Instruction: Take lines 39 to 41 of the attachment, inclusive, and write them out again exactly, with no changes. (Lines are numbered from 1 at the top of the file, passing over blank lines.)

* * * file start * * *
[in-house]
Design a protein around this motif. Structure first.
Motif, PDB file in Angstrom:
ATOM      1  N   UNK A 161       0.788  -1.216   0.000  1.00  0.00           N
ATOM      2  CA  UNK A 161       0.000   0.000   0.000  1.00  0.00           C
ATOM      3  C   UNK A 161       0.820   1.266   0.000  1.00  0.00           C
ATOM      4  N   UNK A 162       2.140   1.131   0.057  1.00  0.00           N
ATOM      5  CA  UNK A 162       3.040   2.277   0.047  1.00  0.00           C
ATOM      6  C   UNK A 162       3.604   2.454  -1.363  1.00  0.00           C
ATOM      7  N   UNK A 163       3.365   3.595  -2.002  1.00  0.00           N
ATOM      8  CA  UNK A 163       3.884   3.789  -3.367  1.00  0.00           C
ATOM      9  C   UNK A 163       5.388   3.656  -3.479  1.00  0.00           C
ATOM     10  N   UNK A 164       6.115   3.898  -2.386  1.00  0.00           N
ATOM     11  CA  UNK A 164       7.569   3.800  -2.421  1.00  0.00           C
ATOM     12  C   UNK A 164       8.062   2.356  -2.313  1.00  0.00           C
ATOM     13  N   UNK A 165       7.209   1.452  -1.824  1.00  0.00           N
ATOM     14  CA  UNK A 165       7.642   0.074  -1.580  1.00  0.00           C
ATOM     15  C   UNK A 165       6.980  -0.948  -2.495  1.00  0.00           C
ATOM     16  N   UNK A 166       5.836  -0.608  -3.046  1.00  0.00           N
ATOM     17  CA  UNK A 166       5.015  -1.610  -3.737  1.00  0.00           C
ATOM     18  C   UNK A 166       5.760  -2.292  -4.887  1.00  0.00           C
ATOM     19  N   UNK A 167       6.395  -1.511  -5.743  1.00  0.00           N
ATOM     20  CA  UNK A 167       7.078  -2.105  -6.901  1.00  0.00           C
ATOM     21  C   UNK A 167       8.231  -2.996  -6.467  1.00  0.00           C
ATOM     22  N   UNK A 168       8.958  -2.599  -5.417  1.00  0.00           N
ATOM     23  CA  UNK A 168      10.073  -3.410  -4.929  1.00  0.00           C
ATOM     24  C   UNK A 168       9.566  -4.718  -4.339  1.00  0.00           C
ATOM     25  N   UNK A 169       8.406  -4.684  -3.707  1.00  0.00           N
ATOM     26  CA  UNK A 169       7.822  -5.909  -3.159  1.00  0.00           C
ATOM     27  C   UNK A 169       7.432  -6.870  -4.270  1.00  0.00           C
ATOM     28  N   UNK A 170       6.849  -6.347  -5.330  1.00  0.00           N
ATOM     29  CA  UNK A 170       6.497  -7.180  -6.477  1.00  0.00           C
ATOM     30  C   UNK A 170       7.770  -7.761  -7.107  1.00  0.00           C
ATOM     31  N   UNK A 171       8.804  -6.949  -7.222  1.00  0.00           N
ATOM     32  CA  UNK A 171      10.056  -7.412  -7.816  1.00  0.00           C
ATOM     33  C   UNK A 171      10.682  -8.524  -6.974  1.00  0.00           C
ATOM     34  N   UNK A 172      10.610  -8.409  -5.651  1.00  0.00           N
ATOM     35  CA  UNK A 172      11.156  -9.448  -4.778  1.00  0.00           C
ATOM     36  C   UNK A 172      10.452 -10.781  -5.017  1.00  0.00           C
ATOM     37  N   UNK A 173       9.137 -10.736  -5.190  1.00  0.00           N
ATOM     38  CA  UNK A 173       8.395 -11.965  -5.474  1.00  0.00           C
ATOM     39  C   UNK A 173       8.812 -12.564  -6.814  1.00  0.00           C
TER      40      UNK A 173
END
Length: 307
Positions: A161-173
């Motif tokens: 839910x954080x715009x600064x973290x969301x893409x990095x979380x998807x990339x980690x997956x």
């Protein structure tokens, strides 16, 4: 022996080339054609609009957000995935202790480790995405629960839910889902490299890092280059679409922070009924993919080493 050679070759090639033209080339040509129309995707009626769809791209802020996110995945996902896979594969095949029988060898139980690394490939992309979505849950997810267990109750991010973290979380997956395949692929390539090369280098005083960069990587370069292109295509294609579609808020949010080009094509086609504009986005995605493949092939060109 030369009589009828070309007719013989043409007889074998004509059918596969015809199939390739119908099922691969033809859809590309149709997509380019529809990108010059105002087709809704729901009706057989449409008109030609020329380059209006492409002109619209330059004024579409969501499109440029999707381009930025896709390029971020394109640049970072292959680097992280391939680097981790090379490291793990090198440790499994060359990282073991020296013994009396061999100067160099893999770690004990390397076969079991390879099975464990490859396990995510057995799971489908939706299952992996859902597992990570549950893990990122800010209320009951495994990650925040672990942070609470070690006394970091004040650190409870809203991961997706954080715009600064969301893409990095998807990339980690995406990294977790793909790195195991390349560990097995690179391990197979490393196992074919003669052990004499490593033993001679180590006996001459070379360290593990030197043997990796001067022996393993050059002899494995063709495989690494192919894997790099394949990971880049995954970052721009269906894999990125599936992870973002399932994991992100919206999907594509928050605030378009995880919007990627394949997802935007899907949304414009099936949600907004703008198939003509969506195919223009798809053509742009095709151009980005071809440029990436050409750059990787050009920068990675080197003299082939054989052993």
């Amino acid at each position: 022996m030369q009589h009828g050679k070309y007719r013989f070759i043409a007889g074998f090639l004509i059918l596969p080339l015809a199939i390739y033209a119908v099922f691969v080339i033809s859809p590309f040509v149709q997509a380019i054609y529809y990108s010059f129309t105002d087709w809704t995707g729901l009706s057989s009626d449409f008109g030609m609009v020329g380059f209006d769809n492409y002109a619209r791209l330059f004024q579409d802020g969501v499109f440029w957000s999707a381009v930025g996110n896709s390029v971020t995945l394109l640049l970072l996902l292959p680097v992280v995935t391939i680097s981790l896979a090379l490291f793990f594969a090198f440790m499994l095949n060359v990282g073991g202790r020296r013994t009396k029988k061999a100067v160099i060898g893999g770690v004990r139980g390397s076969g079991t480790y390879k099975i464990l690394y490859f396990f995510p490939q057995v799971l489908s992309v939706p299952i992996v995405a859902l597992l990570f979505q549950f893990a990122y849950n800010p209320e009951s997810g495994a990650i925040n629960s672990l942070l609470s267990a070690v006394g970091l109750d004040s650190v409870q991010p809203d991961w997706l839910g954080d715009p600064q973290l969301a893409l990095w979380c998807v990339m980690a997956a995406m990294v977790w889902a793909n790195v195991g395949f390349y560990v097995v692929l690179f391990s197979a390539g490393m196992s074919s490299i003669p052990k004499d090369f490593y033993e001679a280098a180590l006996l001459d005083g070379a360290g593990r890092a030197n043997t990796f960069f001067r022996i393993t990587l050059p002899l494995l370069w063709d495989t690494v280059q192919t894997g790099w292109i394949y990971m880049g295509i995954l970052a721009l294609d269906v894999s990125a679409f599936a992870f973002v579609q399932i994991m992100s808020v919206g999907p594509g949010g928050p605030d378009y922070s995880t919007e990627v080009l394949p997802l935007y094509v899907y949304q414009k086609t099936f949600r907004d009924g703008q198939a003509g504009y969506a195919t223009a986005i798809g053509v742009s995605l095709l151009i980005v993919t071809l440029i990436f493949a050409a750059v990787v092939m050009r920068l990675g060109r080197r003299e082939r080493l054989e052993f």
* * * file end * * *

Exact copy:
ATOM     36  C   UNK A 172      10.452 -10.781  -5.017  1.00  0.00           C
ATOM     37  N   UNK A 173       9.137 -10.736  -5.190  1.00  0.00           N
ATOM     38  CA  UNK A 173       8.395 -11.965  -5.474  1.00  0.00           C